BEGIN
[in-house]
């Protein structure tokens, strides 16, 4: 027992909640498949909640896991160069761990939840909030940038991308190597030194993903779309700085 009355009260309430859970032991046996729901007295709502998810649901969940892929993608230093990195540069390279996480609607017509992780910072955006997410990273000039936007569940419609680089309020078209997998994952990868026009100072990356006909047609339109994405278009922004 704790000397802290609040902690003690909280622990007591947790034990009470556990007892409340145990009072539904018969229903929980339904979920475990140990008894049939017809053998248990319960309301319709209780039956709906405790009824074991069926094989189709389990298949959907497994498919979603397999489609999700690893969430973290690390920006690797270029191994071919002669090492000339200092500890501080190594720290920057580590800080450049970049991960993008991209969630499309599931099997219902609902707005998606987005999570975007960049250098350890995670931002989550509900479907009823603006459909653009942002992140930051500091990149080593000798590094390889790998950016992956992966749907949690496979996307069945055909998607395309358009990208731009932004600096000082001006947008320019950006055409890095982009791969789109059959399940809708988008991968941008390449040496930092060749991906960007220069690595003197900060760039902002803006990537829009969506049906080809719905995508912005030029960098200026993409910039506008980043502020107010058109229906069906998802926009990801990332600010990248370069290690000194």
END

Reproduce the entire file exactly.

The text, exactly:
[in-house]
């Protein structure tokens, strides 16, 4: 027992909640498949909640896991160069761990939840909030940038991308190597030194993903779309700085 009355009260309430859970032991046996729901007295709502998810649901969940892929993608230093990195540069390279996480609607017509992780910072955006997410990273000039936007569940419609680089309020078209997998994952990868026009100072990356006909047609339109994405278009922004 704790000397802290609040902690003690909280622990007591947790034990009470556990007892409340145990009072539904018969229903929980339904979920475990140990008894049939017809053998248990319960309301319709209780039956709906405790009824074991069926094989189709389990298949959907497994498919979603397999489609999700690893969430973290690390920006690797270029191994071919002669090492000339200092500890501080190594720290920057580590800080450049970049991960993008991209969630499309599931099997219902609902707005998606987005999570975007960049250098350890995670931002989550509900479907009823603006459909653009942002992140930051500091990149080593000798590094390889790998950016992956992966749907949690496979996307069945055909998607395309358009990208731009932004600096000082001006947008320019950006055409890095982009791969789109059959399940809708988008991968941008390449040496930092060749991906960007220069690595003197900060760039902002803006990537829009969506049906080809719905995508912005030029960098200026993409910039506008980043502020107010058109229906069906998802926009990801990332600010990248370069290690000194």